Land surveys describe pre-settlement landscapes
OSHKOSH – Ever wonder why there's a gentle curve in the roadway when crossing a township line in Wisconsin?
The reason might well be due to errors by the original land surveying by the federal government from 1832 to 1866, attendees learned at the 2017 Toward Harmony with Nature conference sponsored for the 21st year by the Fox Valley Area chapter of Wild Ones.
Wild Ones has a special interest in the notes about native plants taken by the surveyors who were working for the United States General Land Office. Those notes and accompanying maps are available today at digicoll.library.wisc.edu/SurveyNotes/. Specific sites can be accessed by the township, range and section.
During the conference here, Rob Nurre of Baraboo appeared in a character portrayal as David Giddings, who worked in parts of east central Wisconsin in 1839 as a deputy surveyor. Nurre read selections for Range 18, Section 24 from the notes of Giddings, who was one of the early founders of Sheboygan Falls in Sheboygan County and who was a state legislator and unsuccessful candidate for higher public offices.
Nurre is a landscape historian who worked as the land records manager for the Wisconsin Board of Commissioners of Public Lands for several years. He has also been a consultant for the Federal Bureau of Land Management.
During in character entrance at the conference, Nurre expressed wonder at the features of the building he was in. He was also curious about the “people carrying crickets in their pockets” — a reference to portable electronic and battery operated devices.
When the Wisconsin Territory was created in 1836, the land survey starting point was based in the southwest part of the state about 10 miles from the border of the Illinois Territory, Nurre pointed out. The measurements were in distances of 6 miles north and east for the range and for sections in township squares of six miles. Each section consisted of 640 acres (one square mile).
The surveyor's task was to measure every one mile with a 66-foot chain — 80 such measurements for one mile. For accuracy, this meant that the chain had to be taut and level for each of the 80 placements, Nurre explained. On a good day, a surveyor team could cover 10 miles.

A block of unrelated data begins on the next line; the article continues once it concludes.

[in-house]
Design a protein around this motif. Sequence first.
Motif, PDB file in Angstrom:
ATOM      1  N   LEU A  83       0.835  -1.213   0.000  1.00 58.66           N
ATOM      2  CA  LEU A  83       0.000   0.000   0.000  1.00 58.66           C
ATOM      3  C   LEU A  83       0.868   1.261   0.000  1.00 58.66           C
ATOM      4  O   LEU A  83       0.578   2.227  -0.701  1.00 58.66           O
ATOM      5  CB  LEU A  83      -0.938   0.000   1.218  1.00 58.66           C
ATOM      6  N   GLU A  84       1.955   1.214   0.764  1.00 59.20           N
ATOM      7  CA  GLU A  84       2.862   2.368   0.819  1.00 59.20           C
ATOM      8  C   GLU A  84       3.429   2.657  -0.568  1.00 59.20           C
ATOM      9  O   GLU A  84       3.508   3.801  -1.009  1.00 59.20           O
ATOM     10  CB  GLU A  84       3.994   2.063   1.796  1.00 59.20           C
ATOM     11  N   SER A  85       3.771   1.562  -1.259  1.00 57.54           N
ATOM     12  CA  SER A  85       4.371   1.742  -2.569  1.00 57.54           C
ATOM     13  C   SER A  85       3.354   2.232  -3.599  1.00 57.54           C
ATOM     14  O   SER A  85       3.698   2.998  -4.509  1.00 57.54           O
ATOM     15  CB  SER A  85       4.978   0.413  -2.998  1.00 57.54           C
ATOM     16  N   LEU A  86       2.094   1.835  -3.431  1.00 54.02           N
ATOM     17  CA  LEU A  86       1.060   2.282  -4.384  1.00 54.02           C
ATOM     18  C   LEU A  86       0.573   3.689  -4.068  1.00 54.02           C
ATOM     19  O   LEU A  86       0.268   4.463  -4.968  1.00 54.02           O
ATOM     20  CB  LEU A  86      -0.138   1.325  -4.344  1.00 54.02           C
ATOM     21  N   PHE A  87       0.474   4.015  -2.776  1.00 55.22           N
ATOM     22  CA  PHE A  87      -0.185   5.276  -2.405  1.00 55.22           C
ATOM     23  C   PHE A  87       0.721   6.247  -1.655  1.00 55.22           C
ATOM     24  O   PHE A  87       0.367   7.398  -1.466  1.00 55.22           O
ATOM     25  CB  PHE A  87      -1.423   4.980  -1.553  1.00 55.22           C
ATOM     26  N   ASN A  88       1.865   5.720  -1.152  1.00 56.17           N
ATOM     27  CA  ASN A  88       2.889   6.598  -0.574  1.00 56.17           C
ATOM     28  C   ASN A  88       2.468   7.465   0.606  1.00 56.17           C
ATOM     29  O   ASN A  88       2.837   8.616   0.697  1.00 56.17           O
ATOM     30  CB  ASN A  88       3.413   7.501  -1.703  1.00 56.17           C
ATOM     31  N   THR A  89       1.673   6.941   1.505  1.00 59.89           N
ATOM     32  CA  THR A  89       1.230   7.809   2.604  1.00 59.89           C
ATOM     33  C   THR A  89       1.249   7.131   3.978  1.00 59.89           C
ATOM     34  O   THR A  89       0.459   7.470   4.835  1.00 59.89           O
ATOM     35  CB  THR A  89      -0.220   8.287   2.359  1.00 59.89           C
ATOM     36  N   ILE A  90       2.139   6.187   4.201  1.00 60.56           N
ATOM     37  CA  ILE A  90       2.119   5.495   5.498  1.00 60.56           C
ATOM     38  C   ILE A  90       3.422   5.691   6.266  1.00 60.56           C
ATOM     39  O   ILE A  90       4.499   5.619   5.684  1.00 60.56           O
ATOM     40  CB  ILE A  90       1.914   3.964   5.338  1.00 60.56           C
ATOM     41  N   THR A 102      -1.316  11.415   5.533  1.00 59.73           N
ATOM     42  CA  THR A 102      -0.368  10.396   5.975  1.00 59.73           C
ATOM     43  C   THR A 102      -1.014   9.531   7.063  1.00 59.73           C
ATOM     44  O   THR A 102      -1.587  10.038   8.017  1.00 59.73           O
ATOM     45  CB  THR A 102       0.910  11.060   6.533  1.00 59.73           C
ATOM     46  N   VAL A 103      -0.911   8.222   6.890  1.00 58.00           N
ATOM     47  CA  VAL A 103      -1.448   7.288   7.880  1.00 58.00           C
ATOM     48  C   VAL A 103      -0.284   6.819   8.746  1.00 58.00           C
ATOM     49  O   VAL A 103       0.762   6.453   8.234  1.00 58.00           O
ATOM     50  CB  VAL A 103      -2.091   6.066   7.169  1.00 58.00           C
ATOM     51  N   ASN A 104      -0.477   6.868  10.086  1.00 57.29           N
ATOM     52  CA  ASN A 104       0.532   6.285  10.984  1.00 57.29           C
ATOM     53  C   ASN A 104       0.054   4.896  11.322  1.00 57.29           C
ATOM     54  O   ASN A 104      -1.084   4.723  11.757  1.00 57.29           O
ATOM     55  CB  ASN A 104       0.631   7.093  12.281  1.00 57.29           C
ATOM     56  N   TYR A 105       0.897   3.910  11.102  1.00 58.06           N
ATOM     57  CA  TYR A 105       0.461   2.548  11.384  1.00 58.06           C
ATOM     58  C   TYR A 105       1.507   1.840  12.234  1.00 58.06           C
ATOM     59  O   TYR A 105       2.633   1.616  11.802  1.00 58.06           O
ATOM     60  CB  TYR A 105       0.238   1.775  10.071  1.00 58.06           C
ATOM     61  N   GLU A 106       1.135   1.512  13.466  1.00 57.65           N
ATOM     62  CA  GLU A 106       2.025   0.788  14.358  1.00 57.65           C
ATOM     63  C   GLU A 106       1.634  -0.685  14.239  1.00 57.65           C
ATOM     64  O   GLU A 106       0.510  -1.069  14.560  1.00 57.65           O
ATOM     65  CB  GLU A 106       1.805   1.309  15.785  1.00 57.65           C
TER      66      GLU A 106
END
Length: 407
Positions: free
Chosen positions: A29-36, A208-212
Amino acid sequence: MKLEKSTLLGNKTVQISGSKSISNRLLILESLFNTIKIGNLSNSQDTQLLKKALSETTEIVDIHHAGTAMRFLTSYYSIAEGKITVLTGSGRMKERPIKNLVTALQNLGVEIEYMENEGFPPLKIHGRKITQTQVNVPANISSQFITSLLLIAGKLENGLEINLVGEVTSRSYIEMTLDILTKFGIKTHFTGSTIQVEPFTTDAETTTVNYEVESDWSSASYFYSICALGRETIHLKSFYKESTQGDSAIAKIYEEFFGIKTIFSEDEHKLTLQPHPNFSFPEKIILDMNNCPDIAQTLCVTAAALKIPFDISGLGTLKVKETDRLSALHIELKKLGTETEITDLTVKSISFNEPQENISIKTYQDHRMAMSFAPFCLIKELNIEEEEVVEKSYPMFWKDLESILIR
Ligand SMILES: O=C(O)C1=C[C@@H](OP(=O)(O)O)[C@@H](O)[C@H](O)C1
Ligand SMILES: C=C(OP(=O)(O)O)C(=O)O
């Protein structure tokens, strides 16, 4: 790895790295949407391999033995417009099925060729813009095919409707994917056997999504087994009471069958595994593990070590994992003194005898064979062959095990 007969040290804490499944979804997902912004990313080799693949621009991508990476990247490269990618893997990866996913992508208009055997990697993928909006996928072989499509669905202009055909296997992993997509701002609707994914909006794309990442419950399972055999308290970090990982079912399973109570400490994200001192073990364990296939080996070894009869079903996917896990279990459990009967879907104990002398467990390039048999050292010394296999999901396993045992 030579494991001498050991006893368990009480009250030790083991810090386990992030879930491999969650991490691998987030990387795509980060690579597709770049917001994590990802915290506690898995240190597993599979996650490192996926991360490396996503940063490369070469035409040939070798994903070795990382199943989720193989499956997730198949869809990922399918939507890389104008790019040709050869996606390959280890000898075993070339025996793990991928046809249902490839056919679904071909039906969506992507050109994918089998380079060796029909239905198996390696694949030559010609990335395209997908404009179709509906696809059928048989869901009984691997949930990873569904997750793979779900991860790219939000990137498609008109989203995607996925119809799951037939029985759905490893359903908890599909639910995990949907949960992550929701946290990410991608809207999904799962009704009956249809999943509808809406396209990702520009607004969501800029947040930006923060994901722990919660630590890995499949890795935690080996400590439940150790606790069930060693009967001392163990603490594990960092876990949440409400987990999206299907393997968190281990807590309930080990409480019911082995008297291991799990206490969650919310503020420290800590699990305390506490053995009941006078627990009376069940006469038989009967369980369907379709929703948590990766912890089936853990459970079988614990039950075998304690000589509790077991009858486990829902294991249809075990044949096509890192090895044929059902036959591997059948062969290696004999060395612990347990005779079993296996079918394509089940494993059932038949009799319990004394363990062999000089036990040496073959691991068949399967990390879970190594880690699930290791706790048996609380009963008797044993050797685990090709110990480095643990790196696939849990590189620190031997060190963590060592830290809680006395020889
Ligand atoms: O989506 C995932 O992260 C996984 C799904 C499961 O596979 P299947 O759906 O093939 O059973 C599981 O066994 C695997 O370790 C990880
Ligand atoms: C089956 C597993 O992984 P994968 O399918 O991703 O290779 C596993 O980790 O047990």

A compass was used to assure the proper orientation in order to maintain direct north and south lines, Nurre noted. Referring to a Range 18 north in the Oshkosh area, he said this means the site is 128 miles to the north of the starting point of the survey in southwest Wisconsin.
Each township had 36 sections. At the time, much of the land was sold in blocks of 40 acres at $1.25 per acre. “That was a fairly good deal,” Nurre remarked.
Given the available resources at the time, pins were placed and then trees were often chosen to mark every one half and full mile on the survey lines. The survey team included an ax man who blazed or trimmed 4- or 5-foot saplings with a square pointing to the four directions.
The township range and section number were then inscribed to a wooden post or tree serving as the marker. “So there was no reason for anyone to get lost,” Nurre quipped.
For each full size township, the surveyors had to cover a distance of 60 miles and four markers were placed at the township corners, Nurre pointed out. He noted that there were also some fractional townships because of land still belonging to native American tribes. Some treaties were not completed until after the surveying of the land then owned by the federal government had begun in the 1830s.
Despite the efforts of the surveyors, there were some instances of mischief, Nurre indicated. There were cases in which the early settlers removed the surveyor's marking posts in order to acquire more land, he observed.
In the notes that Giddings compiled in 1839, he cited instances in which settlers, also referred to as squatters, who arrived before it was legal to own the property, had claimed land parcels along rivers, Nurre reported. The Giddings notes also described marshes, fields and trees such as burr oak and hickory in the area, he added. Nurre wishes a lot more such documentation would have been created and available to researchers today.
Cartographers used the data supplied by surveyors to create plat maps, Nurre indicated. These then served as references for land buyers at auctions in Green Bay and elsewhere.
With the approximately 125,000 miles of survey lines that were created in Wisconsin over more than three decades in the original round (resurveys were conducted from 1858 to 2009), there were bound to be some mistakes in measurement, Nurre acknowledged.
Giddings discovered that one of his measurements was off by two chain links — each link was 7.92 inches — over a distance of one mile, Nurre pointed out. He said such errors were reconciled at the north and west edges of a township, thereby leaving the owners with land parcels either larger or smaller than 40 acres or multiples of 40.
If such errors met at a town or county line, that could well be the reason for an otherwise unexplained curve in the roadway which crosses the border, Nurre indicated. With a few exceptions such as Texas and Louisiana, he said most of the states joining the country after the original 13 colonies had land surveys to create township lines.